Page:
roomster camper 6H9B1261.resized - 9 Awesome Skoda Roomster camping conversions - easy to advanced

9 Awesome Skoda Roomster camping conversions – easy to advanced

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The Roomster isn’t a big car, yet it has found its place amongst many camping enthusiasts. There is a surprisingly varied selection of Roomster camping conversions, some very easy, others very detailed and thought-through. I have found and listed the best ones in this post.

Most people have chosen to build their conversion as close to the front seats as possible (whilst pushing them forward as much as possible), but some have chosen to go over the front seats (whilst folding the front backrest down to a flat position). Not having any backrests around you creates a feeling of much more open space, but doesn’t allow you to drive the car at all (like moving it around the camping area with the bed set up), so it’s really down to your own preferences.

Want to know more about Skoda Roomster for car camping?

Skoda Roomster Car Camping review

Check out our review – focusing on car camping of course. It is shorter than we’d like… but… could it still be a good candidate for car camping?

1. Easy – “Keep it simple” Roomster camping conversion

I really like simplicity in life and therefore this simple conversion appeals to me. All it does is two things – create a flat platform to put your bed on and raise the floor for some storage underneath. The foldable & extendable part rests on the floor, where the rear seats were.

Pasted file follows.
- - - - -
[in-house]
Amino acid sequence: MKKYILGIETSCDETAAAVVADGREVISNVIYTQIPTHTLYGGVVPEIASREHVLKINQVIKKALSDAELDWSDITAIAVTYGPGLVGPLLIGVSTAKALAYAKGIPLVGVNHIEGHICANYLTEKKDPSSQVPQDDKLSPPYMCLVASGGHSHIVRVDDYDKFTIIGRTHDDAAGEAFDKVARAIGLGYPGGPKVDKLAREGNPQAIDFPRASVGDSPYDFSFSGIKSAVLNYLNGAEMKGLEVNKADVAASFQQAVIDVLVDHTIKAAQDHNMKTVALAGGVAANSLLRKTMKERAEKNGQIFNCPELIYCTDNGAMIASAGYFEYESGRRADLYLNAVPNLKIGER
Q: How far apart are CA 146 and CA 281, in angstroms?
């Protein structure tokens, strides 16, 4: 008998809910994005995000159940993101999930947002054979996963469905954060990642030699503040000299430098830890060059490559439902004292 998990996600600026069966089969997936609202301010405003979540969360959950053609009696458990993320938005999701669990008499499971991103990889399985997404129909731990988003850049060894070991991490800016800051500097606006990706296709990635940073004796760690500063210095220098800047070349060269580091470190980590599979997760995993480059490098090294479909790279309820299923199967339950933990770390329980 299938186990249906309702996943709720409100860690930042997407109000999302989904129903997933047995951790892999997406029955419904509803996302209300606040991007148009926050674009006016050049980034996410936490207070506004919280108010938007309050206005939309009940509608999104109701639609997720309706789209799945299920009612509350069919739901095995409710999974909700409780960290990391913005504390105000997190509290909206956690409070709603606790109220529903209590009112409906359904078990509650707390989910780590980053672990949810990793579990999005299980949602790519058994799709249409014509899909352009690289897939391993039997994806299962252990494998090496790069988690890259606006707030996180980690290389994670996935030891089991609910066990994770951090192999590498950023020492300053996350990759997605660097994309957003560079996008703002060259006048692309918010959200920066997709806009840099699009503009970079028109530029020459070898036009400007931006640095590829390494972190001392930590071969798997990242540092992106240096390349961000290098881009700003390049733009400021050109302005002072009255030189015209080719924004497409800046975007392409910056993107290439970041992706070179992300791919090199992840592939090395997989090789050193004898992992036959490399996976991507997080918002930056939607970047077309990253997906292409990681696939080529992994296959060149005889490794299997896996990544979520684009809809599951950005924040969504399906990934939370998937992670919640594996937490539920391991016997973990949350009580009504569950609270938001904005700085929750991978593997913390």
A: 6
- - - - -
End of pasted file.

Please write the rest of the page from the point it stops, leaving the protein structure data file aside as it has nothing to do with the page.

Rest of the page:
You need some sturdy boards so that they don’t bend in the middle (or you can put one more vertical support in the middle and use thinner plywood). These boards sit on top of two (or as previously mentioned, you can opt for three) vertical boards serving as legs.

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Join them with standard hinges and tie them to the boot floor using durable strings/rope, throw a good mattress on and you’re good to go!

2. Easy – “Just fill in the gaps” Roomster camping conversion AKA “The Campster”

This one took a different approach – instead of building a frame that lifts the platform up, its primary focus is on creating a flat sleeping area, much lower than any other conversion on this page. This gives you much more headroom but also means you will have to store most of your stuff on your bed.

Material:

  • Foam mattress (200x120cm and 12cm thick)
  • 2 shelve boards [used as the bottom of shelves] (54 x 60 cm) with cut-out for the armrest (or any 1cm thick plywood will do too)
  • Timber for the feet
  • a few screws, angles and latches
  • Wind deflectors for the rear doors, for better ventilation!

Cut the mattress to about 190 cm long and 100cm wide in the trunk area and leave it as is in the middle door area (120cm). The length is about 181cm. Then use a roll-up slatted frame 200×120 cm (must then be adjusted to the size of the mattress) as the platform (like this one (you can also make your own one easily, see here).

The two boards in the front hook onto the rail that remains after you remove the middle seats (also see the two other conversions below this gallery, they did the same thing).

Here are two more different conversions that also focused on just extending the flat area of the boot behind the front seats.

I would definitely recommend any other mattress than the inflatable bed – it is wobbly, it punctures easily and takes too much room (you only need ~15cm foam instead of 30cm or more inflated bed height). I wrote more about camping mattresses here.

3. Intermediate – Triangular front frame Roomster camping conversion